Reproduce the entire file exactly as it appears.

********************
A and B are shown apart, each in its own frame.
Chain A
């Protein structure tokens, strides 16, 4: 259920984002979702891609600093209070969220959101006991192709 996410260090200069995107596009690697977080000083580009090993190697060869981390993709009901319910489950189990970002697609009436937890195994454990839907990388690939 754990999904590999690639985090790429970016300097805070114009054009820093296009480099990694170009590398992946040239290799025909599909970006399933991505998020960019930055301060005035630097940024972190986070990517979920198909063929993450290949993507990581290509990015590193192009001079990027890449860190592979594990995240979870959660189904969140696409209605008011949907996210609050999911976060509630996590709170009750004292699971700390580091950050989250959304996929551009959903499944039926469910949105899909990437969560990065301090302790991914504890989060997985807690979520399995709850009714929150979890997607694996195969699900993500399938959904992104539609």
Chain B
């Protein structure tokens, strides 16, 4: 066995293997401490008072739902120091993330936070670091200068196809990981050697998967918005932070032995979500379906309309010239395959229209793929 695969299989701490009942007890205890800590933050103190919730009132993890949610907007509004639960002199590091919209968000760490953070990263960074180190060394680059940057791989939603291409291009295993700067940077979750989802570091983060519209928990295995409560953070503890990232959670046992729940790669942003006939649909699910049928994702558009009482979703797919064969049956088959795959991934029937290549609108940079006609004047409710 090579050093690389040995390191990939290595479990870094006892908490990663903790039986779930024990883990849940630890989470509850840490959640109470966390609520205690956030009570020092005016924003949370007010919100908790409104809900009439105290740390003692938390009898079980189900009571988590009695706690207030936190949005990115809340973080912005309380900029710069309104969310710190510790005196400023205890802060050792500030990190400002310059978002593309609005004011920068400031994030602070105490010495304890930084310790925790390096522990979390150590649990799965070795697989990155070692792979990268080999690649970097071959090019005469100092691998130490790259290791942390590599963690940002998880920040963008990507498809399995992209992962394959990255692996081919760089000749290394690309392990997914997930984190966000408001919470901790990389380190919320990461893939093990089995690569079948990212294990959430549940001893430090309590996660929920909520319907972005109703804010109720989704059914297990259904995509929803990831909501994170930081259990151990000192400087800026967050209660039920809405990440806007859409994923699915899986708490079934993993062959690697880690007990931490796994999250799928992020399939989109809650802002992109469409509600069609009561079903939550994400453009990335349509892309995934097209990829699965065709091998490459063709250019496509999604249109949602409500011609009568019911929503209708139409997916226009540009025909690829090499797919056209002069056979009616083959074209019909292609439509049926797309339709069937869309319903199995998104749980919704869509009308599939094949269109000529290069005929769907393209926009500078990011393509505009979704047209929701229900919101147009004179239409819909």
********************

A and B are shown apart, each in its own frame.
Chain A
């Protein structure tokens, strides 16, 4: 259920984002979702891609600093209070969220959101006991192709 996410260090200069995107596009690697977080000083580009090993190697060869981390993709009901319910489950189990970002697609009436937890195994454990839907990388690939 754990999904590999690639985090790429970016300097805070114009054009820093296009480099990694170009590398992946040239290799025909599909970006399933991505998020960019930055301060005035630097940024972190986070990517979920198909063929993450290949993507990581290509990015590193192009001079990027890449860190592979594990995240979870959660189904969140696409209605008011949907996210609050999911976060509630996590709170009750004292699971700390580091950050989250959304996929551009959903499944039926469910949105899909990437969560990065301090302790991914504890989060997985807690979520399995709850009714929150979890997607694996195969699900993500399938959904992104539609």
Chain B
């Protein structure tokens, strides 16, 4: 066995293997401490008072739902120091993330936070670091200068196809990981050697998967918005932070032995979500379906309309010239395959229209793929 695969299989701490009942007890205890800590933050103190919730009132993890949610907007509004639960002199590091919209968000760490953070990263960074180190060394680059940057791989939603291409291009295993700067940077979750989802570091983060519209928990295995409560953070503890990232959670046992729940790669942003006939649909699910049928994702558009009482979703797919064969049956088959795959991934029937290549609108940079006609004047409710 090579050093690389040995390191990939290595479990870094006892908490990663903790039986779930024990883990849940630890989470509850840490959640109470966390609520205690956030009570020092005016924003949370007010919100908790409104809900009439105290740390003692938390009898079980189900009571988590009695706690207030936190949005990115809340973080912005309380900029710069309104969310710190510790005196400023205890802060050792500030990190400002310059978002593309609005004011920068400031994030602070105490010495304890930084310790925790390096522990979390150590649990799965070795697989990155070692792979990268080999690649970097071959090019005469100092691998130490790259290791942390590599963690940002998880920040963008990507498809399995992209992962394959990255692996081919760089000749290394690309392990997914997930984190966000408001919470901790990389380190919320990461893939093990089995690569079948990212294990959430549940001893430090309590996660929920909520319907972005109703804010109720989704059914297990259904995509929803990831909501994170930081259990151990000192400087800026967050209660039920809405990440806007859409994923699915899986708490079934993993062959690697880690007990931490796994999250799928992020399939989109809650802002992109469409509600069609009561079903939550994400453009990335349509892309995934097209990829699965065709091998490459063709250019496509999604249109949602409500011609009568019911929503209708139409997916226009540009025909690829090499797919056209002069056979009616083959074209019909292609439509049926797309339709069937869309319903199995998104749980919704869509009308599939094949269109000529290069005929769907393209926009500078990011393509505009979704047209929701229900919101147009004179239409819909």